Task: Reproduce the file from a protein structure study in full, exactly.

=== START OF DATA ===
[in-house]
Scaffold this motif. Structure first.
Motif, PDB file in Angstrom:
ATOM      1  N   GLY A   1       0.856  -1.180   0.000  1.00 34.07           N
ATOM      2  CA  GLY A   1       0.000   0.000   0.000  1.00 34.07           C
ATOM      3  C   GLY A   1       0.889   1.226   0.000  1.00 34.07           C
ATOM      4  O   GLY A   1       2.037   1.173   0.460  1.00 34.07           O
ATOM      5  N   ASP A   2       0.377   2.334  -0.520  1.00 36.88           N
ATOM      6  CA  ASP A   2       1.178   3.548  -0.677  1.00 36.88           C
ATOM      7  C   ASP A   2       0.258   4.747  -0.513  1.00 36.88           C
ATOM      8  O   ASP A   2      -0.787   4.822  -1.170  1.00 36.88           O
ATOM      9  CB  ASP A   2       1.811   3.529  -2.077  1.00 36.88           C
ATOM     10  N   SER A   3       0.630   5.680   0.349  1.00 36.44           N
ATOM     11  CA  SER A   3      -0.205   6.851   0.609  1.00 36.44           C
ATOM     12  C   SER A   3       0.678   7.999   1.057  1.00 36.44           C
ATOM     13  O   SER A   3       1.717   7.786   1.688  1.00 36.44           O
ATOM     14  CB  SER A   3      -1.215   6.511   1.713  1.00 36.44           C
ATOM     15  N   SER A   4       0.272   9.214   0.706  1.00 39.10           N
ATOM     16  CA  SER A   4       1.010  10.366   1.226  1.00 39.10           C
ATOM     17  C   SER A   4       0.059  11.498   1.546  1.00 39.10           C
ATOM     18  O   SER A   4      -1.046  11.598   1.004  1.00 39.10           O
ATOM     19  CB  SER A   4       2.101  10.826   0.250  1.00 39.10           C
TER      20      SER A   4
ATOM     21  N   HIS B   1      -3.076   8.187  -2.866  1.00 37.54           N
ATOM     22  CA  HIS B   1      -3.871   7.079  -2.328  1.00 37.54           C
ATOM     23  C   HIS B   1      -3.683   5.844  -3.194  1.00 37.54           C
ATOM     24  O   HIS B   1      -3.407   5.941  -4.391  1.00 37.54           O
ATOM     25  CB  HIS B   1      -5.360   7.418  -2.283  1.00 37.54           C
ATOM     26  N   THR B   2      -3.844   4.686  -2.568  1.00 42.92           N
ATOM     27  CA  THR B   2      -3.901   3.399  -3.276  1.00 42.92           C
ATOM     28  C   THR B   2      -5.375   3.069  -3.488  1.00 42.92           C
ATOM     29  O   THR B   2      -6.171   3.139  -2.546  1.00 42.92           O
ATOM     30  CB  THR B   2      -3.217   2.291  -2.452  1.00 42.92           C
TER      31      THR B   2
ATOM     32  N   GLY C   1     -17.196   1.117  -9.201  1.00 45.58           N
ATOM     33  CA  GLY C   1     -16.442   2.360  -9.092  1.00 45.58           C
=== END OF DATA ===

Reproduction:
[in-house]
Scaffold this motif. Structure first.
Motif, PDB file in Angstrom:
ATOM      1  N   GLY A   1       0.856  -1.180   0.000  1.00 34.07           N
ATOM      2  CA  GLY A   1       0.000   0.000   0.000  1.00 34.07           C
ATOM      3  C   GLY A   1       0.889   1.226   0.000  1.00 34.07           C
ATOM      4  O   GLY A   1       2.037   1.173   0.460  1.00 34.07           O
ATOM      5  N   ASP A   2       0.377   2.334  -0.520  1.00 36.88           N
ATOM      6  CA  ASP A   2       1.178   3.548  -0.677  1.00 36.88           C
ATOM      7  C   ASP A   2       0.258   4.747  -0.513  1.00 36.88           C
ATOM      8  O   ASP A   2      -0.787   4.822  -1.170  1.00 36.88           O
ATOM      9  CB  ASP A   2       1.811   3.529  -2.077  1.00 36.88           C
ATOM     10  N   SER A   3       0.630   5.680   0.349  1.00 36.44           N
ATOM     11  CA  SER A   3      -0.205   6.851   0.609  1.00 36.44           C
ATOM     12  C   SER A   3       0.678   7.999   1.057  1.00 36.44           C
ATOM     13  O   SER A   3       1.717   7.786   1.688  1.00 36.44           O
ATOM     14  CB  SER A   3      -1.215   6.511   1.713  1.00 36.44           C
ATOM     15  N   SER A   4       0.272   9.214   0.706  1.00 39.10           N
ATOM     16  CA  SER A   4       1.010  10.366   1.226  1.00 39.10           C
ATOM     17  C   SER A   4       0.059  11.498   1.546  1.00 39.10           C
ATOM     18  O   SER A   4      -1.046  11.598   1.004  1.00 39.10           O
ATOM     19  CB  SER A   4       2.101  10.826   0.250  1.00 39.10           C
TER      20      SER A   4
ATOM     21  N   HIS B   1      -3.076   8.187  -2.866  1.00 37.54           N
ATOM     22  CA  HIS B   1      -3.871   7.079  -2.328  1.00 37.54           C
ATOM     23  C   HIS B   1      -3.683   5.844  -3.194  1.00 37.54           C
ATOM     24  O   HIS B   1      -3.407   5.941  -4.391  1.00 37.54           O
ATOM     25  CB  HIS B   1      -5.360   7.418  -2.283  1.00 37.54           C
ATOM     26  N   THR B   2      -3.844   4.686  -2.568  1.00 42.92           N
ATOM     27  CA  THR B   2      -3.901   3.399  -3.276  1.00 42.92           C
ATOM     28  C   THR B   2      -5.375   3.069  -3.488  1.00 42.92           C
ATOM     29  O   THR B   2      -6.171   3.139  -2.546  1.00 42.92           O
ATOM     30  CB  THR B   2      -3.217   2.291  -2.452  1.00 42.92           C
TER      31      THR B   2
ATOM     32  N   GLY C   1     -17.196   1.117  -9.201  1.00 45.58           N
ATOM     33  CA  GLY C   1     -16.442   2.360  -9.092  1.00 45.58           C